A short, hot visit to Lincoln

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I hardly had time to draw breath after my break at the beginning of July. The first day back I had to drive over to east Lincolnshire as I was delivering some training Tuesday and Wednesday. I then had to drive over to Coventry on Wednesday afternoon, where I was staying overnight before a breakfast meeting the next day. No rest for the wicked as they say!

I set off early afternoon on the hottest day of the year so far (32 C). It’s not a great drive, M61, M60, M62 then a long run down the A1 which was only two lanes for most of the way. I had to cut across country past Lincoln and as I had never visited this historic city decided to stop for a couple of hours to look round. The core of the old city is on the top of a hill, but I managed to find a space on the car park on Westgate, avoiding the need for a steep climb in the sweltering heat.

A short walk and I was in the main square at the top of Castle Hill facing the Tourist Office which is located on the ground floor of this rather grand, well restored 16th century townhouse

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and facing the castle entrance

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and the cathedral

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The streets around the centre, many of them climbing up steeply to the top of the hill, are lined with old buildings – build from the Medieval through to the Georgian period. Most are converted into shops and places to eat and drink to serve the visitors from across the world (including Wigan!).

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The castle was originally built by the Normans after the conquest, occupying the site of a pre-existing Roman fortress. There’s a complete circuit of walls on which, for a fee,  visitors can promenade. Access to the main area within the walls, where there is a large, pleasant lawn, is free, though.

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It was late in the day, though and I had to make a choice between walking round he walls in the harsh sunlight or to have a look round inside the massive Gothic cathedral. So after exploring the castle grounds I decided to tour the cathedral. 

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It’s a massive Gothic structure with some Norman features, particularly the main west entrance. There are three massive towers. Two at the front behind the entrance screen, and a central tower (the largest of the three). At one time these towers were surmounted with steeples and the cathedral was reputably the tallest building in the known world for a time in the Middle Ages

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Given the limited time I had, I only got a taste of the city. You could certainly fill a couple of days looking around, exploring and visiting the sights. I guess I’ll have to go back one day. It’s a pity it’s such a pain of a journey!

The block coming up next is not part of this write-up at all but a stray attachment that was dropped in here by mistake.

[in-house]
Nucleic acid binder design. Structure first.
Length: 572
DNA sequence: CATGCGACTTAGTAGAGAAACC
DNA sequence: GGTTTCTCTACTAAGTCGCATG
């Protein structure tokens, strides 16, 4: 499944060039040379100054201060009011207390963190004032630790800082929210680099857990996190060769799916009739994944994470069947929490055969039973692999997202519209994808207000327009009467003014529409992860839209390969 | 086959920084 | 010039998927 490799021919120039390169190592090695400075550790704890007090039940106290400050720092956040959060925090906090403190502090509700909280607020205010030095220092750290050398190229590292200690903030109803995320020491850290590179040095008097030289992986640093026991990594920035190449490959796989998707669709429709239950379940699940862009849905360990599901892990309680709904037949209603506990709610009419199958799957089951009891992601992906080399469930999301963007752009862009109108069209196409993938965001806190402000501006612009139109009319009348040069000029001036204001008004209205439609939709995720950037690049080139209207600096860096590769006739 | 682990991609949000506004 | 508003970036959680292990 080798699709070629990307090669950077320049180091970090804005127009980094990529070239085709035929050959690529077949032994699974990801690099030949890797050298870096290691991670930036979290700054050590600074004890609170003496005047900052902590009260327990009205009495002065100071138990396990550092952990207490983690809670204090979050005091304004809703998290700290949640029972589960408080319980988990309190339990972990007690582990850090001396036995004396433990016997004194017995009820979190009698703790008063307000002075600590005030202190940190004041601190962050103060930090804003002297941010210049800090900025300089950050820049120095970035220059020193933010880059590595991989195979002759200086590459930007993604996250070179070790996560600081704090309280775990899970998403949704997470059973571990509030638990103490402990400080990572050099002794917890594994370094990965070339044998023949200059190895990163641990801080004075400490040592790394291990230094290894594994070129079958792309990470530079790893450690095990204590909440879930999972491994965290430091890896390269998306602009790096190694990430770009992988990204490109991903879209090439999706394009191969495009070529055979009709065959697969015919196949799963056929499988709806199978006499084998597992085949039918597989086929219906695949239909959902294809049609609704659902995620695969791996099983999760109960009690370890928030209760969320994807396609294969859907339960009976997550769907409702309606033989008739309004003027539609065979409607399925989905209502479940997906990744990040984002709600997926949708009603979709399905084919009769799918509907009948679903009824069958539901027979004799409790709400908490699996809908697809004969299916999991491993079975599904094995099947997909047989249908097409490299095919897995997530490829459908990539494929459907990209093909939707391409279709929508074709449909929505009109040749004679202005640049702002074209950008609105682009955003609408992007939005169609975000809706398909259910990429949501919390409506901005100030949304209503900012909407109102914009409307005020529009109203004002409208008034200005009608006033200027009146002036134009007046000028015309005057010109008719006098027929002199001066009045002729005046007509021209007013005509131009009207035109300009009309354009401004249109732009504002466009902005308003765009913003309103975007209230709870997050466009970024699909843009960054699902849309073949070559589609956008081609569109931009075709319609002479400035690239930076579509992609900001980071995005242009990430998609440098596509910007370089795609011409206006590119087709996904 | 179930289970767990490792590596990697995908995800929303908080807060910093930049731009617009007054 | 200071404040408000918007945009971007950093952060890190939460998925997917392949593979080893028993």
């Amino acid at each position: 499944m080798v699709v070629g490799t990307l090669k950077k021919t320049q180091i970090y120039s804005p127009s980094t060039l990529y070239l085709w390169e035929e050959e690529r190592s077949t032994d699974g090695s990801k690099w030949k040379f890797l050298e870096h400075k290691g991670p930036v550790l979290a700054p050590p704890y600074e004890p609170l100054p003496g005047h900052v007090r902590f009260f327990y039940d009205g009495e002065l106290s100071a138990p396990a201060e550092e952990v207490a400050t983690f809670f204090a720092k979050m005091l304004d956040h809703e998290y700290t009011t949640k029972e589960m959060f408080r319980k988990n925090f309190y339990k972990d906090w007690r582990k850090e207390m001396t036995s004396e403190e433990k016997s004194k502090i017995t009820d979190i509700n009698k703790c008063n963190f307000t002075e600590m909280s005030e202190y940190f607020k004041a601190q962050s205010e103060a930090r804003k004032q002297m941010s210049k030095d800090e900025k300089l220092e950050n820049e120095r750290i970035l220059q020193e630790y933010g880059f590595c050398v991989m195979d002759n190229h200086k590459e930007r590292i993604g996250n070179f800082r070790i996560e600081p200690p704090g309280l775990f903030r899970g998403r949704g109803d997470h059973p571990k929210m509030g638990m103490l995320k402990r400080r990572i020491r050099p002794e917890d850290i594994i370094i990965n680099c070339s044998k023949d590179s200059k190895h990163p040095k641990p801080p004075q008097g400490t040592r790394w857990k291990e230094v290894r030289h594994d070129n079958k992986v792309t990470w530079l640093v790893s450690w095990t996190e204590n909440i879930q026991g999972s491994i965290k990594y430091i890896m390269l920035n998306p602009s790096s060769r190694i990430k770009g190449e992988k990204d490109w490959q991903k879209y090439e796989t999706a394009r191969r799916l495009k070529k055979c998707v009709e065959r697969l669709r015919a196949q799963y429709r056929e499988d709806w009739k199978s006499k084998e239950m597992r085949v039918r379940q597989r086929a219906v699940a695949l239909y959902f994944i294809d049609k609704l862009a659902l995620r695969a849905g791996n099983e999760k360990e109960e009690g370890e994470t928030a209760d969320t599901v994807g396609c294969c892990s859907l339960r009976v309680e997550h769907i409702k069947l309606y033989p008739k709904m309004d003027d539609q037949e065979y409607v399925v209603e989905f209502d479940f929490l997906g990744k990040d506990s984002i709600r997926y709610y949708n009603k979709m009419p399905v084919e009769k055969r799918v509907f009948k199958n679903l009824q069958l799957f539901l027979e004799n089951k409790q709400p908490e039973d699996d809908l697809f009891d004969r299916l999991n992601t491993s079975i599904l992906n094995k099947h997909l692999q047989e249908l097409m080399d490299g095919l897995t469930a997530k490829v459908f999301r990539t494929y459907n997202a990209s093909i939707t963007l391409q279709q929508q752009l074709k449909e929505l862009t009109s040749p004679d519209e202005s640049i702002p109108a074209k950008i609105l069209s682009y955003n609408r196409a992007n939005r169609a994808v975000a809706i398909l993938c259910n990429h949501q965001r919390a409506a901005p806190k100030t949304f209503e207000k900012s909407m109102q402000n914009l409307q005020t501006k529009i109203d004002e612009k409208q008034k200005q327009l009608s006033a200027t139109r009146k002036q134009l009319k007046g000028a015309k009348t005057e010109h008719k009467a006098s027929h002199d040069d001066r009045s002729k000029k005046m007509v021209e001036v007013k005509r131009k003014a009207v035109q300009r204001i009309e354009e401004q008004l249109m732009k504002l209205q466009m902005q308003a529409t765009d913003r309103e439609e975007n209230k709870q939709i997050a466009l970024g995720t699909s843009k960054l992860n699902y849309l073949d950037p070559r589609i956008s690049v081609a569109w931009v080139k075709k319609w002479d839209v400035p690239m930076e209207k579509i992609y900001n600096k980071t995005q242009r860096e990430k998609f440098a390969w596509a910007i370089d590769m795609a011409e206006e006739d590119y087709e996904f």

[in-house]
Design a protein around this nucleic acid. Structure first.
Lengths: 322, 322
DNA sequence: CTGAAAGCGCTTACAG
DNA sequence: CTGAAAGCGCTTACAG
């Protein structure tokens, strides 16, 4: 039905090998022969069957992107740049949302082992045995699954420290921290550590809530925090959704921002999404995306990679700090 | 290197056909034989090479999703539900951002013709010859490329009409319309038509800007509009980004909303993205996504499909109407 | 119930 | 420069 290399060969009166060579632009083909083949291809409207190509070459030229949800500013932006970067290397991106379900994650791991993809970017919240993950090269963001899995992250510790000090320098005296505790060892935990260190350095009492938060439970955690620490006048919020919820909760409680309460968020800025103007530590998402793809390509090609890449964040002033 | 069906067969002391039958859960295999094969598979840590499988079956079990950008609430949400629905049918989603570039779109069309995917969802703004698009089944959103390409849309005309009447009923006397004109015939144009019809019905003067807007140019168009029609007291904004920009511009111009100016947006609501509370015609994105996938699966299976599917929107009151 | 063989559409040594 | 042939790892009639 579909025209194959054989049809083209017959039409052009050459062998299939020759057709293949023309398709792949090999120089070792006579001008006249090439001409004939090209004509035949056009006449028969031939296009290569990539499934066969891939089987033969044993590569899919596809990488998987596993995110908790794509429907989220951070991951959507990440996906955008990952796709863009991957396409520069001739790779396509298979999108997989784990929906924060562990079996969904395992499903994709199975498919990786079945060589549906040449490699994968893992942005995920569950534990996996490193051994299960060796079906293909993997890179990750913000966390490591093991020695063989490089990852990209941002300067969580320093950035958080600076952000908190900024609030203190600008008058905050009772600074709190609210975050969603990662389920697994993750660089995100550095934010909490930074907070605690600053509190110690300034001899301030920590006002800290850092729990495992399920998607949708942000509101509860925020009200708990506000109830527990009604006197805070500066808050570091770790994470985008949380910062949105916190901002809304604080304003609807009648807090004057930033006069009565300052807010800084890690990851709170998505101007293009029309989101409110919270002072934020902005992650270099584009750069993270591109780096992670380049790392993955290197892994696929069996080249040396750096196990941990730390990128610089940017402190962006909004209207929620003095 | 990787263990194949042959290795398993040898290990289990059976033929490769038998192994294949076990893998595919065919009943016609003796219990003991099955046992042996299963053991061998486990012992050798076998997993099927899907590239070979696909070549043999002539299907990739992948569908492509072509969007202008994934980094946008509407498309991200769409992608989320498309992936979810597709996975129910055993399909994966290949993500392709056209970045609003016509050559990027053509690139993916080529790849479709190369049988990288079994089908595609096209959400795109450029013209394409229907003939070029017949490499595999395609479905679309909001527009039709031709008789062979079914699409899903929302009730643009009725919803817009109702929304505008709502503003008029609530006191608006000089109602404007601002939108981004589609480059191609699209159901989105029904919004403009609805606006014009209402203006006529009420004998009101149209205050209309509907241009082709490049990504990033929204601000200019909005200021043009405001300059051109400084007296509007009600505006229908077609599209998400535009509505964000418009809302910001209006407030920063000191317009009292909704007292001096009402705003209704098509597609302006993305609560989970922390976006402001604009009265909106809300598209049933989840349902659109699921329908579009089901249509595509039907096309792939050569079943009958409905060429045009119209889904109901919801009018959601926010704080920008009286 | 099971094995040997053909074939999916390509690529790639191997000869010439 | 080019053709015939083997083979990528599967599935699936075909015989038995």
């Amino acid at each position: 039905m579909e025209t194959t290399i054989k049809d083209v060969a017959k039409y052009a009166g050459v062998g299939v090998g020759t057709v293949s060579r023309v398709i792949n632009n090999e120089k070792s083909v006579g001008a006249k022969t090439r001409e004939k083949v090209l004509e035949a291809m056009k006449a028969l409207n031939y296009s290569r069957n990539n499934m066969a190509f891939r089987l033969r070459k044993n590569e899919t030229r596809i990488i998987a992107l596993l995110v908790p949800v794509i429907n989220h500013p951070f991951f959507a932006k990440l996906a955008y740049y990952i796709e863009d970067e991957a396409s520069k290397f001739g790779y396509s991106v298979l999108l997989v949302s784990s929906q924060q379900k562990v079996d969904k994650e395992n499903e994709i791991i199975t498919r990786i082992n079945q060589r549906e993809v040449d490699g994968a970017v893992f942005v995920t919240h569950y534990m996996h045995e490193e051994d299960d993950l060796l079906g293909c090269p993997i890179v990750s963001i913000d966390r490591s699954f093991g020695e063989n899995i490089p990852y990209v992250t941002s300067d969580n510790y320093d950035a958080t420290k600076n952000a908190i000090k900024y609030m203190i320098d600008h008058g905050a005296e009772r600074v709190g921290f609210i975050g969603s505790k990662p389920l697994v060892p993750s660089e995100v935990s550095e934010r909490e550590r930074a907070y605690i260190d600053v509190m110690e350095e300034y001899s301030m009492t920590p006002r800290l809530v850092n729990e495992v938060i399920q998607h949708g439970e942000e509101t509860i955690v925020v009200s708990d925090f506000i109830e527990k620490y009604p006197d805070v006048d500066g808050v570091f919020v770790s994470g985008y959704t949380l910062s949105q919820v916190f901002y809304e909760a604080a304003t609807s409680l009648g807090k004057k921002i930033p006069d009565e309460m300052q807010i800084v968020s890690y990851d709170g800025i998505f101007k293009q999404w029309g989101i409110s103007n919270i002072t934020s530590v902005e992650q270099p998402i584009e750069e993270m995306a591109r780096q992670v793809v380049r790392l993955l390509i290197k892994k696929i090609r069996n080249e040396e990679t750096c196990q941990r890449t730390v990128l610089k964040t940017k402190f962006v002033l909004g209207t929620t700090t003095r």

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15 thoughts on “A short, hot visit to Lincoln

  1. I love to visit Lincoln, but you are so right about it being a pain to get to, but worth it. Glad to see the walls are open again, they were working on them the last time we went……need to re visit 🙂

    • The trouble with travel in the UK is that everything is London centric. I can get to London on the train in a couple of hours but travelling east from the north west is not easy. At the moment I’m on a toytown train from Crewe travelling to Derby for a meeting. From Wigan, a 90 mile journey that takes over 2 hours, including 1 1/2 hours on a cramped, uncomfortable one carriage antique. Getting to Lincoln by public transport would take over 4 hours.

  2. Lovely to re-visit Lincoln through your photos. It was the stopping point between Norwich and Hull back in the early 1970s. In those days the final part of the journey was by Humber Ferry. If we were lucky. If not, it was left turn about 3 miles from the river and a longer drive via Scunthorpe and Hessle.

  3. For a short time in the 80s we lived in Nottinghamshire and Lincoln was a favoured place to visit. We stayed overnight once to go to the Mystery Plays which were outdoors – even though it was summer the wind howled through that square and I required an emergency blanket from the Red Cross! So Lincoln wasn’t hot for me.

  4. We travel to Lincoln from Lancashire from time to time (I was born there and my parents live nearby). Next time try: M61, M60, M62, M18, M180, A15. Better bet than the A1 I think. The Bishop’s Palace is well worth a look. And the Collection Museum and Usher Gallery. Also the Roman Walls and various Gates.

    • Thanks for the advice. It’s an attractive city and I’d like to go back for a proper look round. Your route does sound much better. The A1 isn’t fun!

      • The M180 is usually very quiet and the A15 is arrow straight (a Roman Road no doubt) and OK if you don’t get stuck behind a tractor, although some of the overtaking is absolutely lunatic.

      • Aye. The problem with A roads out in the country. The locals can drive like maniacs as they know the best places to pass – or perphaps not and they’re just maniacs!

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